ATLANTA — Keeping on top of produce food safety research requires involvement and commitment.

That was one of the key points of an Oct. 16 session at the Produce Marketing Association’s Fresh Summit 2011 expo that covered results of research the produce industry is funding through the Center for Produce Safety, Davis, Calif.

Safety research yields industry benefits, session finds“Imagine that! Food safety with real world business solutions” showed session participants how their research investments are helping the industry.

Bob Whitaker, PMA’s chief science and technology officer for the Newark, Del.-based PMA said the center, started in April 2007, seeks to fund and benefit from research that isn’t only interesting to scientists but projects that have practical applications.

One thing its research found is that pathogens do not survive well in the growing environment. Whitaker said that’s important because when the center started, there wasn’t much scientific data on that area. He said pathogens are out there but aren’t “waiting to jump on things.”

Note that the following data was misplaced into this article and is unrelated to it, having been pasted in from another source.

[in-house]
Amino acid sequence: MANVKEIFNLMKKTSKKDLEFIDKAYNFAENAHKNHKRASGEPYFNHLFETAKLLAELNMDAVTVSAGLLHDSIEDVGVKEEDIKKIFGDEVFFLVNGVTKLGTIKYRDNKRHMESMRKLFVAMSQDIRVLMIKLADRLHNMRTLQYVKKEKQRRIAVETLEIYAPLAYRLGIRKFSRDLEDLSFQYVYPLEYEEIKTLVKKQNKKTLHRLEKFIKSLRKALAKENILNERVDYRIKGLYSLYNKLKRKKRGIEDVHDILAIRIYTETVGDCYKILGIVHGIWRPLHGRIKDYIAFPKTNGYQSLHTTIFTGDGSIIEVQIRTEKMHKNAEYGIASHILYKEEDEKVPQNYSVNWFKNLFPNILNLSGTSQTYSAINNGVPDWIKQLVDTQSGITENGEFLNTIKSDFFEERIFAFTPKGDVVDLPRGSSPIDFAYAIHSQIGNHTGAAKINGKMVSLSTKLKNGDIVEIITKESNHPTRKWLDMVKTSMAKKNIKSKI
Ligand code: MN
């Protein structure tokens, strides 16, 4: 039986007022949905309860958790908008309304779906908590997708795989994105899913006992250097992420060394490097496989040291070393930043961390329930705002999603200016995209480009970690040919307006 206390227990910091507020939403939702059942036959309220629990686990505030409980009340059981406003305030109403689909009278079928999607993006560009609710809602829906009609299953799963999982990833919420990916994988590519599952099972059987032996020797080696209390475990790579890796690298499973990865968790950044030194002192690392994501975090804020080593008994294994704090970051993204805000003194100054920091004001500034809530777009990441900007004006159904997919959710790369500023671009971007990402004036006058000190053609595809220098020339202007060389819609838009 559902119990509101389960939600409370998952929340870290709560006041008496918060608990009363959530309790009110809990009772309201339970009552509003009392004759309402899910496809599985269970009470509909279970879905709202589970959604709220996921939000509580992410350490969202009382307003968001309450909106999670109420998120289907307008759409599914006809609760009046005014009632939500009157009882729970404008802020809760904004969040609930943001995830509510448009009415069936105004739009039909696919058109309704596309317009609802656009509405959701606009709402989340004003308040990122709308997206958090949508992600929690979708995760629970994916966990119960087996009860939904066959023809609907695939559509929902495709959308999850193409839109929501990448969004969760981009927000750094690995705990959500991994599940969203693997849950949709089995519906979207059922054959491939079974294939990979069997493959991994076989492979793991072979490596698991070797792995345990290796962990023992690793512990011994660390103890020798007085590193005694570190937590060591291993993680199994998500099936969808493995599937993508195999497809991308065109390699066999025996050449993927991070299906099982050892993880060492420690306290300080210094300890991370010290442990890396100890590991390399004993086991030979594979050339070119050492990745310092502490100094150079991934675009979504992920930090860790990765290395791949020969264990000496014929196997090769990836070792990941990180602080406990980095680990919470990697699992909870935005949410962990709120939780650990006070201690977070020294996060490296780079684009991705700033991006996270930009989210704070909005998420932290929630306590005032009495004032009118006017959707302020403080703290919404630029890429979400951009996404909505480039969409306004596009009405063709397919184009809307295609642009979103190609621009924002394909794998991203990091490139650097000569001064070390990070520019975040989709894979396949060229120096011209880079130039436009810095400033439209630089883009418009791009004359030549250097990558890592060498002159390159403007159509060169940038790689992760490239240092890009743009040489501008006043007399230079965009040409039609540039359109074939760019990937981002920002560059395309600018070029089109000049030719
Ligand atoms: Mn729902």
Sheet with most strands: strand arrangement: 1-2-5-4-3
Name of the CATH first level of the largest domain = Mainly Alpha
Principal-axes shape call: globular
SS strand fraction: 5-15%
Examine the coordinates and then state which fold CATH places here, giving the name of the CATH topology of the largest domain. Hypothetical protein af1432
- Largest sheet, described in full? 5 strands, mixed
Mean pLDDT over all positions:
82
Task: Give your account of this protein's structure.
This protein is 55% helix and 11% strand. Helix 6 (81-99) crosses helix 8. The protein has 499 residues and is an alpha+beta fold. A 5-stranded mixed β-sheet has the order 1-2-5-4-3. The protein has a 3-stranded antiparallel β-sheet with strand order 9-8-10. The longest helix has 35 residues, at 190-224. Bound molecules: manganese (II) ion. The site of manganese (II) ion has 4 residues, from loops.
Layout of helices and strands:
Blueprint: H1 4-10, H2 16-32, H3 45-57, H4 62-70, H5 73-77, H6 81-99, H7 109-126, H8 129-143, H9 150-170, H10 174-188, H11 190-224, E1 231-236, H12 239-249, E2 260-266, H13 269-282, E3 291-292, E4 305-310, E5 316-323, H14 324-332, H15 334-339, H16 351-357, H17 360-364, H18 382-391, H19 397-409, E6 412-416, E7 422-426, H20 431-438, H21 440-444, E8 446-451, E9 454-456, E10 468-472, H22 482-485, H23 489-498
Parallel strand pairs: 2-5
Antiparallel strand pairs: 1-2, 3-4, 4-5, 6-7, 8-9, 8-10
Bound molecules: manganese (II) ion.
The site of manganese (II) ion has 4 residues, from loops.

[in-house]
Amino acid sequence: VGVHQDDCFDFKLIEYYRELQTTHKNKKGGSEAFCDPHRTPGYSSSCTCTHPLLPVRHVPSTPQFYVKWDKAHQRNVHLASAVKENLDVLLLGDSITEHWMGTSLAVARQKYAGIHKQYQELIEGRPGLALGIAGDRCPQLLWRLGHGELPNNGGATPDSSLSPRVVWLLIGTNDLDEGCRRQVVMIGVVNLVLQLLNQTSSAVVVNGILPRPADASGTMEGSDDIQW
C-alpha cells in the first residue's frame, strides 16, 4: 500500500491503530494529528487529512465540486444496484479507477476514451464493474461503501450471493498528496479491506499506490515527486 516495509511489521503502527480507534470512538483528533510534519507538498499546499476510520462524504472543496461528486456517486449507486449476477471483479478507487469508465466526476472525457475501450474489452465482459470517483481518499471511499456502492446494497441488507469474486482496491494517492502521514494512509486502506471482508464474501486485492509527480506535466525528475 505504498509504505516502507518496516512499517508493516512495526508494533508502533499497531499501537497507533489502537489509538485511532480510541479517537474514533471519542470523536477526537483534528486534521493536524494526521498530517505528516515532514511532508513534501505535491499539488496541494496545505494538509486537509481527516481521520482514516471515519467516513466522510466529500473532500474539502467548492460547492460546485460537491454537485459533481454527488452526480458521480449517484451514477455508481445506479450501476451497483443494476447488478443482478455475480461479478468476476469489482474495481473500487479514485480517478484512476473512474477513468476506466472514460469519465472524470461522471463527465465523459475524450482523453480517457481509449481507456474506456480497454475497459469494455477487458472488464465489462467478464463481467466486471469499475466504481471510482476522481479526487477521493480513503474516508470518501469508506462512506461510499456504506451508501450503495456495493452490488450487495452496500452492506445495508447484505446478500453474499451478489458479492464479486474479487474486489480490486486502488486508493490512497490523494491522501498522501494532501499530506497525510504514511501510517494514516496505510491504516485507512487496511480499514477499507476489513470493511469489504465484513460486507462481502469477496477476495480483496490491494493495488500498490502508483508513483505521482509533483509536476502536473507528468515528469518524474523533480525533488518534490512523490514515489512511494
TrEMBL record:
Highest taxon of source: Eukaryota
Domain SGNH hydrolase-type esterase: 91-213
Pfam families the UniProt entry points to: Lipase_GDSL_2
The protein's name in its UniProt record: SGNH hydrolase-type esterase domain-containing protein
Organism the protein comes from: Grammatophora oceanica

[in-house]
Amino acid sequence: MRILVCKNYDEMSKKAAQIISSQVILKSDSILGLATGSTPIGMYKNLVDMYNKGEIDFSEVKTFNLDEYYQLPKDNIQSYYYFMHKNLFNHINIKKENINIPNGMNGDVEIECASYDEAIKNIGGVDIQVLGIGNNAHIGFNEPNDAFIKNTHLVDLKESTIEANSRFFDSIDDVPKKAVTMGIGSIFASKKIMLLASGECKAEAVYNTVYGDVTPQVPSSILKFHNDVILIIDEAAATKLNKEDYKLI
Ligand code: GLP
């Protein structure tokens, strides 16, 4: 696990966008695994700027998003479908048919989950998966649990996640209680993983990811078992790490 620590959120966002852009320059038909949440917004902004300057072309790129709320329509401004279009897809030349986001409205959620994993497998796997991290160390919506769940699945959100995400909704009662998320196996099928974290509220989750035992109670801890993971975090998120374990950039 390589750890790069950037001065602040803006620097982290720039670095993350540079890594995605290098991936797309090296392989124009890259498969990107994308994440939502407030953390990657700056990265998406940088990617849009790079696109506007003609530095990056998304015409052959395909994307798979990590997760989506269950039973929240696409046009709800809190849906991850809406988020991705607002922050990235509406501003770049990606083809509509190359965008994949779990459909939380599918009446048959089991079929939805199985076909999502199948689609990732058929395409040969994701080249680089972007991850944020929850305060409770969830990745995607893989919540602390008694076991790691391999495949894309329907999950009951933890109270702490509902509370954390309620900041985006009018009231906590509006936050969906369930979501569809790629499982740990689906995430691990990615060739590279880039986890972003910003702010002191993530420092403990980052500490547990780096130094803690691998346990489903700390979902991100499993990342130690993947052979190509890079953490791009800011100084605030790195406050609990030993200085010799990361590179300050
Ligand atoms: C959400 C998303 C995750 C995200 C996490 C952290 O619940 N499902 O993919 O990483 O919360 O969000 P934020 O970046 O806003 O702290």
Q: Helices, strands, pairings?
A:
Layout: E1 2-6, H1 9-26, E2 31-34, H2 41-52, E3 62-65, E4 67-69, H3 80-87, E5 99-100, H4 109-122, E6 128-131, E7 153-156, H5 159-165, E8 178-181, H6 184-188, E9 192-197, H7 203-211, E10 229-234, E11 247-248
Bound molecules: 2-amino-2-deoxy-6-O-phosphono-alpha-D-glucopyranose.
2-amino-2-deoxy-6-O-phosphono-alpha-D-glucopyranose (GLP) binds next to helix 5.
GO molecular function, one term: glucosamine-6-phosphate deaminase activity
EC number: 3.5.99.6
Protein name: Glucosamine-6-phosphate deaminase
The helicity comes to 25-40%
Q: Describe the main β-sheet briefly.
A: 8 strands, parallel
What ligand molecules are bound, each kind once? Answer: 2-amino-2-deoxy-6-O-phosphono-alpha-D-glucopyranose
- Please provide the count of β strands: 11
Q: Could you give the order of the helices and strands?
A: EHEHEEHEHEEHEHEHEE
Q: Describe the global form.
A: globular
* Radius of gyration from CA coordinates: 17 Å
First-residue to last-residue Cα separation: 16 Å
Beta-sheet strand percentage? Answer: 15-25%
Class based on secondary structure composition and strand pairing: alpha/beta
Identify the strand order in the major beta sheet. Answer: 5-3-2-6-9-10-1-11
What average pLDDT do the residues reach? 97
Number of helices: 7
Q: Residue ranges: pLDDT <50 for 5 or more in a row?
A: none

“We have the ability to look at these pathogens by using pathogens that won’t make you sick,” Whitaker said.

Because of pathogen presence in fields, Whitaker said the importance of conducting preharvest inspections remains paramount. Low pathogen survivability increases the importance of events closer to harvest, he said.

Changing the way crews core lettuce in the fields can also help improve safety, Whitaker said. He said one project found that extending the distance between the cutting knife and the scoring ring on the worker’s cutting apparatus and smoothing the welding ring can help remove contamination risk.

While testing remains critical, growers should understand the costs and benefits, Whitaker said.

“You cannot test your way to food safety,” he said. “That’s one of the areas we really need to focus on, these issues with the tests.

“If you are going to use pathogen testing, have a plan,” he said. “Understand what you can learn from testing and its limitations. Explore where testing can be of benefit.”

Gene Duff, executive vice president and general manager of corn and bean grower-shipper Pioneer Growers Co-op, Belle Glade, Fla., said he learned a lot from the session.

“It’s good that the industry is trying to get some answers to some of the problems we’ve had for so long,” Duff said. “We have had the questions and know the problems, so it’s great the research is starting to bear the answers.”